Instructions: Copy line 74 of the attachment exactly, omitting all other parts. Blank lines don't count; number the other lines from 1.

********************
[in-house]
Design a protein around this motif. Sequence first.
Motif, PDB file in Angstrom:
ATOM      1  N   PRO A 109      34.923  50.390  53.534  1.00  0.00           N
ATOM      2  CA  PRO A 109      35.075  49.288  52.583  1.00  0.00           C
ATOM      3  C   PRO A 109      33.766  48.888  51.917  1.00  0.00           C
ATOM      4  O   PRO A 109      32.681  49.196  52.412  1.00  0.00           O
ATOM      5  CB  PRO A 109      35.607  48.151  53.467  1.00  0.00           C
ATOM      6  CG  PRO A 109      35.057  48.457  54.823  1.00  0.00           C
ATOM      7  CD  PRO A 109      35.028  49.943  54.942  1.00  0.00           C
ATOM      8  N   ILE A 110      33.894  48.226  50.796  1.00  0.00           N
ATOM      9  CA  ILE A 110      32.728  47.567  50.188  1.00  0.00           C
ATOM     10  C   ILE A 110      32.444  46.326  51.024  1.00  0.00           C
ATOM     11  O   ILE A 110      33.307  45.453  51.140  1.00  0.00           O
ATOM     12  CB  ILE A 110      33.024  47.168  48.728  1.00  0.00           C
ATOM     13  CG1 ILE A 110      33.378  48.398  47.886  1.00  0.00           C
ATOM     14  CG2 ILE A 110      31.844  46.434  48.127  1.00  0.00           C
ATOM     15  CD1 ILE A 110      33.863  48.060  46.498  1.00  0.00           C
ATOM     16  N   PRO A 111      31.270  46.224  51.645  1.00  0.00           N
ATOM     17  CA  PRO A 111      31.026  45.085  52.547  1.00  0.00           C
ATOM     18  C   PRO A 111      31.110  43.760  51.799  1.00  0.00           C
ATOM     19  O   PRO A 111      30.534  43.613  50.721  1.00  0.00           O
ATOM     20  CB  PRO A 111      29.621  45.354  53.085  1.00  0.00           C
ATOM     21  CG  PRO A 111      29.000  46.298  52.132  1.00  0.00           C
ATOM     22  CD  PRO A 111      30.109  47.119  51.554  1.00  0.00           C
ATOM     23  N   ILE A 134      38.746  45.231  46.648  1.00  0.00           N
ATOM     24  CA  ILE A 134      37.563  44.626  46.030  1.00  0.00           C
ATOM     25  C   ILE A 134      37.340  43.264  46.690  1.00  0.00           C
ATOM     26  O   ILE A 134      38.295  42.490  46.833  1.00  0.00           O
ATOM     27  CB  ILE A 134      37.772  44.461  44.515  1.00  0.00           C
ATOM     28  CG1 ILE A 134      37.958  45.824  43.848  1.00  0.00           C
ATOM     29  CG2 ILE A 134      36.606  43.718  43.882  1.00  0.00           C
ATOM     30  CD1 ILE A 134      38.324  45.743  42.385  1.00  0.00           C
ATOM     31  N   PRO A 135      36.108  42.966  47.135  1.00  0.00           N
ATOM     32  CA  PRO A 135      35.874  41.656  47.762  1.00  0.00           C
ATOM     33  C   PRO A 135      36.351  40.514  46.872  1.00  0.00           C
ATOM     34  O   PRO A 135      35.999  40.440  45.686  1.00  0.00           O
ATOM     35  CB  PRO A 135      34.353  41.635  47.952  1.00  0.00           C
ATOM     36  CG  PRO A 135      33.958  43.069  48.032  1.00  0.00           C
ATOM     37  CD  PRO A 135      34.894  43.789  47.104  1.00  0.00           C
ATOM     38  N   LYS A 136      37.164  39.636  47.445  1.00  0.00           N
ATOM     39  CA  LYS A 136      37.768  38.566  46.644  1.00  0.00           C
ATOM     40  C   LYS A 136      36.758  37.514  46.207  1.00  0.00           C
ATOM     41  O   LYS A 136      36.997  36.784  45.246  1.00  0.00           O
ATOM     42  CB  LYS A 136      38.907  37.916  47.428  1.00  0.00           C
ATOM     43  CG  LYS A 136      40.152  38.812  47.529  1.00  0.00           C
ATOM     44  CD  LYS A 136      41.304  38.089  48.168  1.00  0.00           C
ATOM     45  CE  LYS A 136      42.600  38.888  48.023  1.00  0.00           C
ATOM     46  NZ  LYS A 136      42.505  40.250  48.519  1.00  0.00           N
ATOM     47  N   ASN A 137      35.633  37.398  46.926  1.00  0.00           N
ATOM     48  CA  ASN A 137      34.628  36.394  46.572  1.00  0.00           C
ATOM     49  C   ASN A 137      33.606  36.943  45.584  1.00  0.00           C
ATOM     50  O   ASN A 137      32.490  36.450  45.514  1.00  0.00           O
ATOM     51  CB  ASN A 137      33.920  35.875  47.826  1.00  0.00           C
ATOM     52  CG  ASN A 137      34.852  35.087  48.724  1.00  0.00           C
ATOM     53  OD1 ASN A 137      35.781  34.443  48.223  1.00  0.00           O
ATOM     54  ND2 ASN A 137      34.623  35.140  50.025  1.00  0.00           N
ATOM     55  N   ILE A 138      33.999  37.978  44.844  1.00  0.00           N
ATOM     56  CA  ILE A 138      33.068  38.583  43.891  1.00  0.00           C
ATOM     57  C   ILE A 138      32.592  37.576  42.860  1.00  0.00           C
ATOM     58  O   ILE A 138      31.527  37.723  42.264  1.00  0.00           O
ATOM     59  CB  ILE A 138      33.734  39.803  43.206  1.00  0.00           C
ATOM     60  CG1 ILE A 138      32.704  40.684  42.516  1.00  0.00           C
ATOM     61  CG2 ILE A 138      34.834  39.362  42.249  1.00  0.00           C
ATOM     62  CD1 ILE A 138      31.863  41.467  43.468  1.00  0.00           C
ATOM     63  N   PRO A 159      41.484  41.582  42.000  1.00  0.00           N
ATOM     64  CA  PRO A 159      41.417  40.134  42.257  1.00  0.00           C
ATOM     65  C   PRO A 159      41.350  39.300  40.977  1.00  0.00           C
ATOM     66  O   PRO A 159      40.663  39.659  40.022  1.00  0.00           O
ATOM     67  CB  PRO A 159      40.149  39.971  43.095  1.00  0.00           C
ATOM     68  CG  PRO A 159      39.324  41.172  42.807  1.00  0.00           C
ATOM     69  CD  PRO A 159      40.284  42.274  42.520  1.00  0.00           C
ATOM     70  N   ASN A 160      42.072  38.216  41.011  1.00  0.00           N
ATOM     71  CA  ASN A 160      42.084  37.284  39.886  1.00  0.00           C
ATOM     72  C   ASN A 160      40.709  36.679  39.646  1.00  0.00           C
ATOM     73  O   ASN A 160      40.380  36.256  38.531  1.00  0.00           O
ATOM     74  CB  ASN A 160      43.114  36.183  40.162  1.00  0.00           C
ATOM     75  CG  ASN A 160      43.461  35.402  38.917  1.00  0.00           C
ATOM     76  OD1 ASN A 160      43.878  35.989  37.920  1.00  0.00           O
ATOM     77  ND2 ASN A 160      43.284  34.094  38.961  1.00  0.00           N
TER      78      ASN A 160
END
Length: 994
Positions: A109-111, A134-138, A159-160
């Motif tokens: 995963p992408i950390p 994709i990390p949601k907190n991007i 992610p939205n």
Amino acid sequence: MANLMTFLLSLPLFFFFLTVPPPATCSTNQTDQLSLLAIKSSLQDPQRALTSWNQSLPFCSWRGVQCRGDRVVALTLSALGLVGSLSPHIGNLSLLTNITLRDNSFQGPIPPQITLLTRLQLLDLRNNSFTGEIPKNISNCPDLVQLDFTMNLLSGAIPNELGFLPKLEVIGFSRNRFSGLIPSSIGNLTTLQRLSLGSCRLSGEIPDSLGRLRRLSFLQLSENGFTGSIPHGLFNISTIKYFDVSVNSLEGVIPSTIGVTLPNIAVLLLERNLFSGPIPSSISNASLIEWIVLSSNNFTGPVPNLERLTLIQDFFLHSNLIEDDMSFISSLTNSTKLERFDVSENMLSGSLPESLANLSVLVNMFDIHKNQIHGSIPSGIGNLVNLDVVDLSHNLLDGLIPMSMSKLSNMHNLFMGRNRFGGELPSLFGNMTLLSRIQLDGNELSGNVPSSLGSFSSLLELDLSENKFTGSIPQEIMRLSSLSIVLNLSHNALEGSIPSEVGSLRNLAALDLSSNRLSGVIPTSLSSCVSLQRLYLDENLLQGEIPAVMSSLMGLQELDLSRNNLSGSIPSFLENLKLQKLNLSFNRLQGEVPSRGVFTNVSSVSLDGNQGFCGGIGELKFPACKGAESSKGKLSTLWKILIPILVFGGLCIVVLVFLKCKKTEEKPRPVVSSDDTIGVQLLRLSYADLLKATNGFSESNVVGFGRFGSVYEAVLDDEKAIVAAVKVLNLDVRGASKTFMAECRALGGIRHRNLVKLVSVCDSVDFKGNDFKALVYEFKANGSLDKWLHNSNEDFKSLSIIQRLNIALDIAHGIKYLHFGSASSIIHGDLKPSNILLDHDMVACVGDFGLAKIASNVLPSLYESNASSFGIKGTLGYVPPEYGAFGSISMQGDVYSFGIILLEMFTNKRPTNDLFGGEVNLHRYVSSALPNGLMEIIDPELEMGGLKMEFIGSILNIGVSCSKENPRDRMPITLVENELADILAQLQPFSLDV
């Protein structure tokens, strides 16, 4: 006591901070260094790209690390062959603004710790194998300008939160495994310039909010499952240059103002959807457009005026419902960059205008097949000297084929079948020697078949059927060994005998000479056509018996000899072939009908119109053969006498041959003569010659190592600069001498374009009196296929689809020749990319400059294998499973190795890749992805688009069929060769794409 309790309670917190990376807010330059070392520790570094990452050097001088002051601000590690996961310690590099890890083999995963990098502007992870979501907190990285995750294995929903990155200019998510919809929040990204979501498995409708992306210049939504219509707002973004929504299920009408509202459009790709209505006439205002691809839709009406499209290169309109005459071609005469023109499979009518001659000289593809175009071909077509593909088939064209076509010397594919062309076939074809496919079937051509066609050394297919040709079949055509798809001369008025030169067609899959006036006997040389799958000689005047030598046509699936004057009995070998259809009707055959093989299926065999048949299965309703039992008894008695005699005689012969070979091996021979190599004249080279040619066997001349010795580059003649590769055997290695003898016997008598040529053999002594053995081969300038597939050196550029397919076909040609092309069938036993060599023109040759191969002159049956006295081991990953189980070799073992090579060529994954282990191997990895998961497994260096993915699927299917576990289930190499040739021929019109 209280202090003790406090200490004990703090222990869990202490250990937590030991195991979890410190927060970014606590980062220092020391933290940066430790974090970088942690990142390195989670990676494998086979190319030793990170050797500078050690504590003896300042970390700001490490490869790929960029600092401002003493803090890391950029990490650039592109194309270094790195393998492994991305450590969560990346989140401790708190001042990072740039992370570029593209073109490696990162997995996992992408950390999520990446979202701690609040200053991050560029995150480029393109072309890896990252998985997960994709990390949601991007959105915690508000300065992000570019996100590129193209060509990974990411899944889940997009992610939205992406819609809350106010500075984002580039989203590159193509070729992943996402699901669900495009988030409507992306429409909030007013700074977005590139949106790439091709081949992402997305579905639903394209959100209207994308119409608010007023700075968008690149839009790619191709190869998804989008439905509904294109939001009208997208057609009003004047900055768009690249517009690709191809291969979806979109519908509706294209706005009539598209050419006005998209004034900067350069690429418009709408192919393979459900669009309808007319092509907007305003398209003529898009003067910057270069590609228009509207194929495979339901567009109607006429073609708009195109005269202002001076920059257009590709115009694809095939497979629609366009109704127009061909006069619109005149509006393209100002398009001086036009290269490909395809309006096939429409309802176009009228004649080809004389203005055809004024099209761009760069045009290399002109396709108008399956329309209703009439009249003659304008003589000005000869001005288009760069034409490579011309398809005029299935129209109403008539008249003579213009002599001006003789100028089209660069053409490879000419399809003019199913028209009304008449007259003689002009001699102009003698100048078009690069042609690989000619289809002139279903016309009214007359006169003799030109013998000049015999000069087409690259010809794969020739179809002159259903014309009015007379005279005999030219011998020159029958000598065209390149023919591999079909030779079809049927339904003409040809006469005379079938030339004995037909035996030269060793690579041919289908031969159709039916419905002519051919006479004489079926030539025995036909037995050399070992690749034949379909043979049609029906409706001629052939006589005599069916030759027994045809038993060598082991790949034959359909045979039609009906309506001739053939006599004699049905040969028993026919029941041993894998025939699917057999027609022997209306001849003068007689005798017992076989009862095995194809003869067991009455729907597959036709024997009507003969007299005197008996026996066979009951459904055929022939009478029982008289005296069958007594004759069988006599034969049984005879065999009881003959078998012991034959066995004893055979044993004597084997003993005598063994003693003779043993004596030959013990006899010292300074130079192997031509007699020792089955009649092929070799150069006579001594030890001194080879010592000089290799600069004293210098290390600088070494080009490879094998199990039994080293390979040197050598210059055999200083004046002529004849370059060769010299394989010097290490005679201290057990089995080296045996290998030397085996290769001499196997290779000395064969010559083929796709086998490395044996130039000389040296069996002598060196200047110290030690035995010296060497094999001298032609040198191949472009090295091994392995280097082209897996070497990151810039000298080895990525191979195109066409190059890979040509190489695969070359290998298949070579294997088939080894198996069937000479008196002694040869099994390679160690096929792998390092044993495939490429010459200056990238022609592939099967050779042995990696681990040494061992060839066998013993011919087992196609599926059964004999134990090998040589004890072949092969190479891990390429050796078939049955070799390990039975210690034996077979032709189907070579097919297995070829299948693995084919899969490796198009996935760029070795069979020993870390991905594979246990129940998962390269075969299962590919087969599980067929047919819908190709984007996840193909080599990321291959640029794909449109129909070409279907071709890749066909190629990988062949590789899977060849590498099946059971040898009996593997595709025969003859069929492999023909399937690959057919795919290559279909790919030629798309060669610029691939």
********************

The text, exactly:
ATOM     71  CA  ASN A 160      42.084  37.284  39.886  1.00  0.00           C